In World Peace Day message, Benedict paints a Catholic shade of green

by John L. Allen Jr.

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Over the last year, Pope Benedict XVI has significantly sharpened his environmental message – not just in word but also in deed, approving plans, for example, to put solar cells atop the Paul VI Audience Hall and to replant trees in a stretch of Hungarian forest in order to offset the Vatican’s annual carbon output.

In his annual message for the World Day of Peace, released today in a Vatican news conference, he once again returns to the urgency of effective ecological safeguards, insisting that “the problems looming on the horizon are complex and time is short.”

In his 3,000 word message, Benedict also addresses the family, the arms race, and the moral foundations of international law. The message is titled "The Human Family, A Community of Peace."

On the environmental front, however, Benedict is also well aware that his budding eco-advocacy has drawn fire from critics who warn that it gives aid and comfort to radical secular environmentalists, including thinkers who deny any special moral status to human beings or who reject Biblical notions of human stewardship of the earth as excessively "anthropocentric."

Thus in today’s message, Benedict was careful to signal that he’s not ready to sign up for an “Earth First!” membership card. His, in other words, is a distinctively Catholic shade of green.

“Human beings, obviously, are of supreme worth vis-à-vis creation as a whole,” the pope writes. “Respecting the environment does not mean considering material or animal nature more important than man.”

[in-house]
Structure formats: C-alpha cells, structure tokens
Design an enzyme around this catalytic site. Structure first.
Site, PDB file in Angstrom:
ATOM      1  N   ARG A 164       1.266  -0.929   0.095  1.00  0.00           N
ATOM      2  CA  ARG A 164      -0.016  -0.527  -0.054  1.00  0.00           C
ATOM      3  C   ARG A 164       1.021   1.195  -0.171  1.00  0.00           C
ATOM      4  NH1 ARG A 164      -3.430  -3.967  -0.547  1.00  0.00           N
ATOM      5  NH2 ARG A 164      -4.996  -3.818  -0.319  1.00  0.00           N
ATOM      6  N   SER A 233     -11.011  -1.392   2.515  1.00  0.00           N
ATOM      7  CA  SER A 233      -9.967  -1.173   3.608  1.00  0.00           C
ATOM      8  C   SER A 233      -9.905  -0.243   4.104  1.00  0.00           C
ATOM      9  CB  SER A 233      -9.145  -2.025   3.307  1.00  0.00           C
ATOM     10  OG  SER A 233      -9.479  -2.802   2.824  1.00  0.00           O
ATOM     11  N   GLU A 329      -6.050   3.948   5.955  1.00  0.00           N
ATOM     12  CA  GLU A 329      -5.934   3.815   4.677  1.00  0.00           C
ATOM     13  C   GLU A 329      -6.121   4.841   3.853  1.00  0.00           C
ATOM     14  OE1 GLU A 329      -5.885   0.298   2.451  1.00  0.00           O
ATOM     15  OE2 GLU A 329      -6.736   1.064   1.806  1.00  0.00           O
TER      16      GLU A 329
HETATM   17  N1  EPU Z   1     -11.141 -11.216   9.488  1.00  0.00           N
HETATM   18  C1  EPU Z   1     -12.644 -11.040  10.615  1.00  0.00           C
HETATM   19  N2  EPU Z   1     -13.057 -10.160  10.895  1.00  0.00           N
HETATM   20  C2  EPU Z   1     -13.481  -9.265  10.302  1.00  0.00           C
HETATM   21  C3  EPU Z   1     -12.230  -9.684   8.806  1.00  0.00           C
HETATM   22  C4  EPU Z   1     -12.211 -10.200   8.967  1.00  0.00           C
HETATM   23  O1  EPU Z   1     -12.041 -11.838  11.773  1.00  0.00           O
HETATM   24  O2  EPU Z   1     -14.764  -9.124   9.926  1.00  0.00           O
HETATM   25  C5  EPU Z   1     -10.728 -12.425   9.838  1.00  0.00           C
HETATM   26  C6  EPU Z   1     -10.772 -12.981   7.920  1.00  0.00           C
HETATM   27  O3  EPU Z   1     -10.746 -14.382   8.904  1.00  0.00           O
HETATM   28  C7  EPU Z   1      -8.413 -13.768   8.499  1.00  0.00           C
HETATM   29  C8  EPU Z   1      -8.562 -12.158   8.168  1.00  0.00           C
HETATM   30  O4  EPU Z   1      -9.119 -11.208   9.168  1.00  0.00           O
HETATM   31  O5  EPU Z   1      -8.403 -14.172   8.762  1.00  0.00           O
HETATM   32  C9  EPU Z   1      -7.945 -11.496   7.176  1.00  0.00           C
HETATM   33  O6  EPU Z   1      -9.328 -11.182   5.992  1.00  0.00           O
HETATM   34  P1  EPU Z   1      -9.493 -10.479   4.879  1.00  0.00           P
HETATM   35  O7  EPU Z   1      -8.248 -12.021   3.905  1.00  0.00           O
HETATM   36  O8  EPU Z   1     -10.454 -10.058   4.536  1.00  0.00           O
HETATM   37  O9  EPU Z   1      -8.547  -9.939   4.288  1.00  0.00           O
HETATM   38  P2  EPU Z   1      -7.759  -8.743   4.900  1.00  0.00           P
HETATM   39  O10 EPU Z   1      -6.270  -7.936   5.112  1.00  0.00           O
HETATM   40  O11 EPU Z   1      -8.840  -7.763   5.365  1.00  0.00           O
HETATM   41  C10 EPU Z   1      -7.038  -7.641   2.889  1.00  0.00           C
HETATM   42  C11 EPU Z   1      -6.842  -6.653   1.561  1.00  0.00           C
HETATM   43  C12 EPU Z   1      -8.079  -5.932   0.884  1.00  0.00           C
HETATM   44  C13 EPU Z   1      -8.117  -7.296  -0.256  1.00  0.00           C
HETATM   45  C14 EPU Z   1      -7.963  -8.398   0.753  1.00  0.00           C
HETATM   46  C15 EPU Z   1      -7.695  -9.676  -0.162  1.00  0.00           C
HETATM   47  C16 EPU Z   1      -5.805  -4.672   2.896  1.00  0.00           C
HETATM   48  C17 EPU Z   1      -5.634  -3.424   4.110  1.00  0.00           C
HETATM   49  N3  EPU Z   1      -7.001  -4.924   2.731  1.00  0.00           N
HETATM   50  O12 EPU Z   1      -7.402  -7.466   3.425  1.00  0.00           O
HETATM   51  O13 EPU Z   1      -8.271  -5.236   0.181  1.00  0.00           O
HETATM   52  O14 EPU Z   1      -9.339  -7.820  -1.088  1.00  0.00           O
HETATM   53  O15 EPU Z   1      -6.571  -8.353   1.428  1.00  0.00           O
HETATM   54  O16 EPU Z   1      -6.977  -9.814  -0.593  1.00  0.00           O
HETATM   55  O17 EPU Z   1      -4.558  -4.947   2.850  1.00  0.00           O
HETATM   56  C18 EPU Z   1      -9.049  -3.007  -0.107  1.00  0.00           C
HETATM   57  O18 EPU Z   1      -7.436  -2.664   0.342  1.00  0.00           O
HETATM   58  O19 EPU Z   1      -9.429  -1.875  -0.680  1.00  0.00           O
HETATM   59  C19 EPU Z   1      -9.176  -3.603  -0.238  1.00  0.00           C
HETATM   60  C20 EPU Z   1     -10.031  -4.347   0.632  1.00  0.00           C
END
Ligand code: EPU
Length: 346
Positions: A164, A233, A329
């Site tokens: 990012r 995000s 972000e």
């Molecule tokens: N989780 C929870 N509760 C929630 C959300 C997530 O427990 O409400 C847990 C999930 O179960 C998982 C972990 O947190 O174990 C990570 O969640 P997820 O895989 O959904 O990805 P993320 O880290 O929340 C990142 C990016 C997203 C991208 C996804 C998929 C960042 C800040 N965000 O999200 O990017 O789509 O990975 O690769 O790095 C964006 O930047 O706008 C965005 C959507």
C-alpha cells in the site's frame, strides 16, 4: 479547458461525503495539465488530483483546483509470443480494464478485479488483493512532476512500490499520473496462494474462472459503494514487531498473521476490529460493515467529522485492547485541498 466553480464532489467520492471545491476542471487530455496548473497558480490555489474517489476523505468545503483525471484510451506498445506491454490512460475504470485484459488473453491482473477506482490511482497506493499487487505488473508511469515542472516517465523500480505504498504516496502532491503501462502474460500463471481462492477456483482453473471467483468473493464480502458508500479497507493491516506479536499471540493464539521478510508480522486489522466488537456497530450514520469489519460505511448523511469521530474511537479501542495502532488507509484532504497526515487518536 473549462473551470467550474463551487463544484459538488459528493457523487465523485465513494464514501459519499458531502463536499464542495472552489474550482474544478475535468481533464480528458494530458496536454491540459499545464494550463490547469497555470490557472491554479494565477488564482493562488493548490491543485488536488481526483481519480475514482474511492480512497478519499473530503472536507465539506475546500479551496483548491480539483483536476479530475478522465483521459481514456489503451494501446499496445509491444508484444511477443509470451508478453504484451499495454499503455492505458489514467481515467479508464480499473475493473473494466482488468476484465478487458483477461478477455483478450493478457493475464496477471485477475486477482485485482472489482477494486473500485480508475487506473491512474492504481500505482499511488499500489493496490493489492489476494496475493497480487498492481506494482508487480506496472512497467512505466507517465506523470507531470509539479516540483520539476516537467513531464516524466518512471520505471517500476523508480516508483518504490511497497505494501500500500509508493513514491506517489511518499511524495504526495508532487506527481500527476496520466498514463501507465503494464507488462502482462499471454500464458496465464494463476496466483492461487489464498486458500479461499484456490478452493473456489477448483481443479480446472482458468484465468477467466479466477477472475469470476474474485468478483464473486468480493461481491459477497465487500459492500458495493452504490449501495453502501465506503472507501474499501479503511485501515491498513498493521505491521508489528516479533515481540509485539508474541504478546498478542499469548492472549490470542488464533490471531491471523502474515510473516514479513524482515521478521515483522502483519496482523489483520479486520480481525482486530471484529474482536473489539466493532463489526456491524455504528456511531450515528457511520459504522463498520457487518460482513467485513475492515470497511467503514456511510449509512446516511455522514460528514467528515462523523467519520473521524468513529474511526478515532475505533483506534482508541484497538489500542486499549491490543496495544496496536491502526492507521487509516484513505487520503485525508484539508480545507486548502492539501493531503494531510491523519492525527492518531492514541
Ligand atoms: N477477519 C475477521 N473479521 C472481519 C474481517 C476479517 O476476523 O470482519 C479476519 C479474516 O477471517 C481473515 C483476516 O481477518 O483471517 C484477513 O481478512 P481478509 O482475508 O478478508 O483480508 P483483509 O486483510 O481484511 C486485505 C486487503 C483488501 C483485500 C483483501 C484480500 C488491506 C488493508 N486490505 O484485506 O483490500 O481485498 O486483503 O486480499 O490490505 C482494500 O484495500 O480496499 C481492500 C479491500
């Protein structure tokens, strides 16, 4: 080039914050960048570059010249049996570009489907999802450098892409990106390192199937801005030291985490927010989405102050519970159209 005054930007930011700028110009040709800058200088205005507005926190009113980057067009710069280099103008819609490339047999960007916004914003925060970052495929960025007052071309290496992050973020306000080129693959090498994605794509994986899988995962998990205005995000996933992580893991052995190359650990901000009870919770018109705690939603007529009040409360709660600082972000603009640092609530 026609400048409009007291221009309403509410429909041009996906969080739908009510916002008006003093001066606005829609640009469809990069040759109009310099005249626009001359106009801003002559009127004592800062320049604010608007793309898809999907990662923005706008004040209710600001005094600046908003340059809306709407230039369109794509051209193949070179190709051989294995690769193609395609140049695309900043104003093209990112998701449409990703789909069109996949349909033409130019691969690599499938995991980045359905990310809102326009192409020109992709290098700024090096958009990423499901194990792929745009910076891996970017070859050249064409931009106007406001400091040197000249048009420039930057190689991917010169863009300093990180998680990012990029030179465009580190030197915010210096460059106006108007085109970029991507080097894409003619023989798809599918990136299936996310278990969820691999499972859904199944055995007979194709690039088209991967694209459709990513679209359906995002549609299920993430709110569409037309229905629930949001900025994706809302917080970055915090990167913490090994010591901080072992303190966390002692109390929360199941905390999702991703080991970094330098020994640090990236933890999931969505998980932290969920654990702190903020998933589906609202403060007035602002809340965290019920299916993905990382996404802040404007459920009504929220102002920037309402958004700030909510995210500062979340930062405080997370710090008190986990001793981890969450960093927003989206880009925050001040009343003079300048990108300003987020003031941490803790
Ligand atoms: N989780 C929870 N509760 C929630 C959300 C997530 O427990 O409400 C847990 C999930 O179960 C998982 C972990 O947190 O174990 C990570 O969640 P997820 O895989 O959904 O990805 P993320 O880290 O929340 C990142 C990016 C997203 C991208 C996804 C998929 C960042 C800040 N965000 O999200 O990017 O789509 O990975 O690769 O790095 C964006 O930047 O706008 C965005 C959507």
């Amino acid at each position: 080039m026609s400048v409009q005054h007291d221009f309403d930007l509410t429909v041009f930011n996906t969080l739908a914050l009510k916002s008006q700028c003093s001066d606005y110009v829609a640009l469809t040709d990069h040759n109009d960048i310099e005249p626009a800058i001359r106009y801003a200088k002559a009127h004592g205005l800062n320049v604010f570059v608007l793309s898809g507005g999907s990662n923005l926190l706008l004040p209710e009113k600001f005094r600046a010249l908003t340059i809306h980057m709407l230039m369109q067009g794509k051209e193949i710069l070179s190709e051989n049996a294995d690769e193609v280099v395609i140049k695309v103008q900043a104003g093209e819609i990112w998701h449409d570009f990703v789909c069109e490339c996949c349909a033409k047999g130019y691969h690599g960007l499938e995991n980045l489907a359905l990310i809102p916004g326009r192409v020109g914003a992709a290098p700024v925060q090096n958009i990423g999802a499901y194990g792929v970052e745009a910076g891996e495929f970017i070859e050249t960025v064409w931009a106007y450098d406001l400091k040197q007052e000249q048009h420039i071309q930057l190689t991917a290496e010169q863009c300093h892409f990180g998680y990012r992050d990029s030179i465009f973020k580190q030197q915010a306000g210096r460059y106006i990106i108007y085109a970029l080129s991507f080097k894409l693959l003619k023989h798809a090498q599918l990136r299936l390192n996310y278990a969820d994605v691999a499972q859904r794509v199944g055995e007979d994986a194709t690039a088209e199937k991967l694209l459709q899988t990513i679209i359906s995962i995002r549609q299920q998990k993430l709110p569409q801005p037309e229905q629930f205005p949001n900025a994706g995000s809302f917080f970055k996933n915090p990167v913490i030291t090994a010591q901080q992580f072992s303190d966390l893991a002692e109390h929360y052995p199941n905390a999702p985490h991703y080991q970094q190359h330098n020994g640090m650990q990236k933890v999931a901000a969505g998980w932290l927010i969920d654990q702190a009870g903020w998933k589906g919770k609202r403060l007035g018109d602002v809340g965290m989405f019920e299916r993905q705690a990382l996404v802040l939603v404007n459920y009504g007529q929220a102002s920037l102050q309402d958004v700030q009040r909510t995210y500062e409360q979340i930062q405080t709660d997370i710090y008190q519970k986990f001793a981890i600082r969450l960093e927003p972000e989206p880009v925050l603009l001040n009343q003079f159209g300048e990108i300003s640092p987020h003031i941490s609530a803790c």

“It is important for [environmental] assessments to be carried out prudently, in dialogue with experts and people of wisdom, uninhibited by ideological pressure to draw hasty conclusions,” the pope says.

Those caveats aside, Benedict’s ecological emphasis in the new message is strong.

“We need to care for the environment,” Benedict writes. “It has been entrusted to men and women to be protected and cultivated with responsible freedom, with the good of all as a constant guiding criterion.”

The pope goes so far as to say that new international agencies may be necessary to promote stewardship of the common human home.

Energy supplies are a special source of papal concern.

“Technologically advanced countries are facing two pressing needs: to reassess the high levels of consumption due to the present model of development, and to invest in alternative sources of energy and greater energy efficiency,” Benedict says.

“Emerging counties are hungry for energy, but at times this hunger is met in a way harmful to poor countries which, due to their insufficient infrastructures, including their technological infrastructures, are forced to undersell the energy resources they do possess. At times, their very political freedom is compromised by forms of protectorate or, in any case, by forms of conditioning which appear clearly humiliating.”

On the arms race, Benedict calls the global traffic in weapons a “baneful commerce,” and calls for an “effective demilitarization,” especially with nuclear weapons.

The pope does not exempt anyone from blame.

“The countries of the industrially developed world profit immensely from the sale of arms, while the ruling oligarchies in many poor countries wish to reinforce their stronghold by acquiring ever more sophisticated weaponry,” Benedict writes.